I have no desire to speak in English, and would much prefer French.
Part III: Soft Place to Fall
I sip the foam off of my cafe misto and watch the people trail along King Street, which is busy even on a hot Monday afternoon. The strong sun and stronger heat endure even on the rare occasion when one belligerent cloud crosses the sky. I don’t know what rain looks like in Charleston and can only assume it will happen eventually.
A mother and her two grown children are sitting nearby, speaking Polish and drinking frappuccinos that drip sticky chocolate onto the mahogany table. The son has sharp features and wiry limbs like my brother. Cue Connecticut nostalgia.
I’ve been listening to a song from the Robert Redford film, “The Horse Whisperer.” It makes me think of the type of life my great-uncle Arnold leads. The type my brother leads. Lessons my father outlined between the generations.
I remember my dad packing Jeremy and I into his little GMC S-10 pickup, cherry red with a red interior and sheepskin seat covers. I loved to pluck the wool out of these and roll the fibers into fuzzy toothpicks with my fingers. I tried to imagine how long it would take to make enough thread for fabric, for clothing, for one of the horse’s serape blankets.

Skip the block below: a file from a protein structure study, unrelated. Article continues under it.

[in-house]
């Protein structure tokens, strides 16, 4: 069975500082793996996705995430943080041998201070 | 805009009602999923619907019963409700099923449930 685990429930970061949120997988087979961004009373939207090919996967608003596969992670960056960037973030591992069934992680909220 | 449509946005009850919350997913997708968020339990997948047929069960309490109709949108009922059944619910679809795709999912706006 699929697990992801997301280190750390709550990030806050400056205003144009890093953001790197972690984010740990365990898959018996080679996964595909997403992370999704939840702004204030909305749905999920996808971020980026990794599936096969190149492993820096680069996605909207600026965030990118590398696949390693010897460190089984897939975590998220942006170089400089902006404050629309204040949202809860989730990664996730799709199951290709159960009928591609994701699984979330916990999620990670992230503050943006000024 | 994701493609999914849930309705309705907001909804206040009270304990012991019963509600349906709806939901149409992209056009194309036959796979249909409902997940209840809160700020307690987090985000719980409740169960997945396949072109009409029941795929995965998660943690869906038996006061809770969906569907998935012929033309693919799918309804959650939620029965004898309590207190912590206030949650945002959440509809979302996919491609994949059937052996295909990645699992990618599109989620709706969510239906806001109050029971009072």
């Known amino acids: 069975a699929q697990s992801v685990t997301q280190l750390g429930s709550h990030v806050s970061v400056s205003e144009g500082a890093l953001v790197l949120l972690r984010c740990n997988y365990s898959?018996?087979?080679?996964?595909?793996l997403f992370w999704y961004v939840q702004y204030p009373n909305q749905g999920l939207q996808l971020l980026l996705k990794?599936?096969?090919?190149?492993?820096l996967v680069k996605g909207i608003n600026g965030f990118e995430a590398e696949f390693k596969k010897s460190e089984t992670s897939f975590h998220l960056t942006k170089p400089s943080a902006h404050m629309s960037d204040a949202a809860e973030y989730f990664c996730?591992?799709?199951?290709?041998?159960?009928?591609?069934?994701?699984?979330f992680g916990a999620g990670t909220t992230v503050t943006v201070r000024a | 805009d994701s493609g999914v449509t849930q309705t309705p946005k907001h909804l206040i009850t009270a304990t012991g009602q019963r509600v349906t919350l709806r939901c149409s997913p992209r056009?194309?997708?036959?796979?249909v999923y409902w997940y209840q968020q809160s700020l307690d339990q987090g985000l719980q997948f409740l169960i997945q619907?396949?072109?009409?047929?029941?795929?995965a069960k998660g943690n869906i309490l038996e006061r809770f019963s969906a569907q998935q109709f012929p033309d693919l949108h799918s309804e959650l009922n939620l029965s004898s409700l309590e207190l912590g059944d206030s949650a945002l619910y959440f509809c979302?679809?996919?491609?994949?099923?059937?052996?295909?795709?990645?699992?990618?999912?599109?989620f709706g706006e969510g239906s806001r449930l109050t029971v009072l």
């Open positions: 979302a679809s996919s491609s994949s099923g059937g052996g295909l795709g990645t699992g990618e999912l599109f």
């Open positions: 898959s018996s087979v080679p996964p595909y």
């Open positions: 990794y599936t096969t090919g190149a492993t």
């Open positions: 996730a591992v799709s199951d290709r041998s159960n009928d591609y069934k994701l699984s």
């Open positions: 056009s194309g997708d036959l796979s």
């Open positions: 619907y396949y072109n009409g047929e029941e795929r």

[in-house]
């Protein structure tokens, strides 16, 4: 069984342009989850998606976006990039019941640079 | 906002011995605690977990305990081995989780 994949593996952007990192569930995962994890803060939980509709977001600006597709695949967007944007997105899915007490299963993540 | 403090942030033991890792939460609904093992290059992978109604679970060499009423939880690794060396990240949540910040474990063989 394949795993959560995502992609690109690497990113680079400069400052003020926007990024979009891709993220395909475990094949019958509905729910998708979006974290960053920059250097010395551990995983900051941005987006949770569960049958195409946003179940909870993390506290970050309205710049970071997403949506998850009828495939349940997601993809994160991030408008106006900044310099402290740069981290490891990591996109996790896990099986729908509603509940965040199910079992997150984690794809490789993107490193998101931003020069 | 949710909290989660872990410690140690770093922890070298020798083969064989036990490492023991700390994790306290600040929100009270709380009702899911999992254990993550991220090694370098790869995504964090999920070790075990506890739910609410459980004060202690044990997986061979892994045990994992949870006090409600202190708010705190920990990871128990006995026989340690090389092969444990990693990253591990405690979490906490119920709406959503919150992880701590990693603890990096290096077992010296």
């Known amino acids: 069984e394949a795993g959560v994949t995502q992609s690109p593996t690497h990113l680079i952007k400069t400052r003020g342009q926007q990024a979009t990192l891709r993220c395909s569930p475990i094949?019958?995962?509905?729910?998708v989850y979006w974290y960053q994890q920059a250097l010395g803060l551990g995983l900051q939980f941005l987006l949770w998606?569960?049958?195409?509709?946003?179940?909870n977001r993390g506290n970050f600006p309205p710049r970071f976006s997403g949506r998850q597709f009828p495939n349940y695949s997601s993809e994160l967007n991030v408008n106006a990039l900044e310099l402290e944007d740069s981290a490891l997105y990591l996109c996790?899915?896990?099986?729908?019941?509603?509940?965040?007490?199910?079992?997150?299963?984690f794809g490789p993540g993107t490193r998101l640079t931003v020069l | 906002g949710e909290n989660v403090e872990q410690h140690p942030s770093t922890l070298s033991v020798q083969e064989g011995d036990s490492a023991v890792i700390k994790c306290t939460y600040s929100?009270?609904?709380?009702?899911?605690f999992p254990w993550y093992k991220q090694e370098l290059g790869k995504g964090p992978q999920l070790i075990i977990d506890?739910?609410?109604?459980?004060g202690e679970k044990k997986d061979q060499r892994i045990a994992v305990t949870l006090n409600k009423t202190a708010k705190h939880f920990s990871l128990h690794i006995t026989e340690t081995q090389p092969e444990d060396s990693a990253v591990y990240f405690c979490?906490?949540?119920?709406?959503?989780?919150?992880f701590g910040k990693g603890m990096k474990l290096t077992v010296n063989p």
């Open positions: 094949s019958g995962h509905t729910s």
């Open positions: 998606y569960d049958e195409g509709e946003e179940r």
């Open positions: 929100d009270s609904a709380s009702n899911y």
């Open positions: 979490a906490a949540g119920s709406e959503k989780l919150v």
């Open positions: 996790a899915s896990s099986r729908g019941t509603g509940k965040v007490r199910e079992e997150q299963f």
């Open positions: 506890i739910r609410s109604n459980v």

We’d pull into Uncle Arnold’s long driveway and head to the barn, bringing in Ellie and Satin, saddling them up. I remember the fine, greasy grit that stayed on my fingertips after petting Ellie, the sweet smell of it like crackling grass and leather.
I remember being so short that Uncle Arnold’s bandy denim legs seemed enormous. His silver belt buckle could have housed a small turtle and its scrolled designs, I thought, were the most beautiful thing in the world after Ellie.
He wore shirts with western-style pockets and pearled snap buttons. He scared the living shit out of me, but I liked him. When he spoke to me, I stayed quiet and listened. Once in a while, it seemed safe to smile up at him in blinded awe. In my eyes, Uncle Arnold was a real, live cowboy. I didn’t know anything about stereotypes other than the fact that there were two types of people in the world – ones who rode English saddles and ones (infinitely cooler) who rode Western.
There was always music in the picture.
Loud, joyful, country music in the basement when dad was building something fantastic. Soft music in Uncle Arnold’s barn, old-time acoustic cowboy ballads to soothe the horses. Music in my dad’s truck. “A Soft Place to Fall” was eventually in that memory playlist, and now it makes me miss dust and denim and hard-handed men, being seen and not heard, but feeling loved all the same. Being a young’un.
Most of all, having a soft place to fall. My memories feel much more honest than my office. I love them both, but it’s important to remember who I am under all of the clips, the photos, the paintings, the piano recitals, the shit I won’t list because it makes me sound pompous.
At the end of the day, I don’t want to be anything but the dust-covered girl in Frye boots who smells like sweet grass and fresh air. That’s all.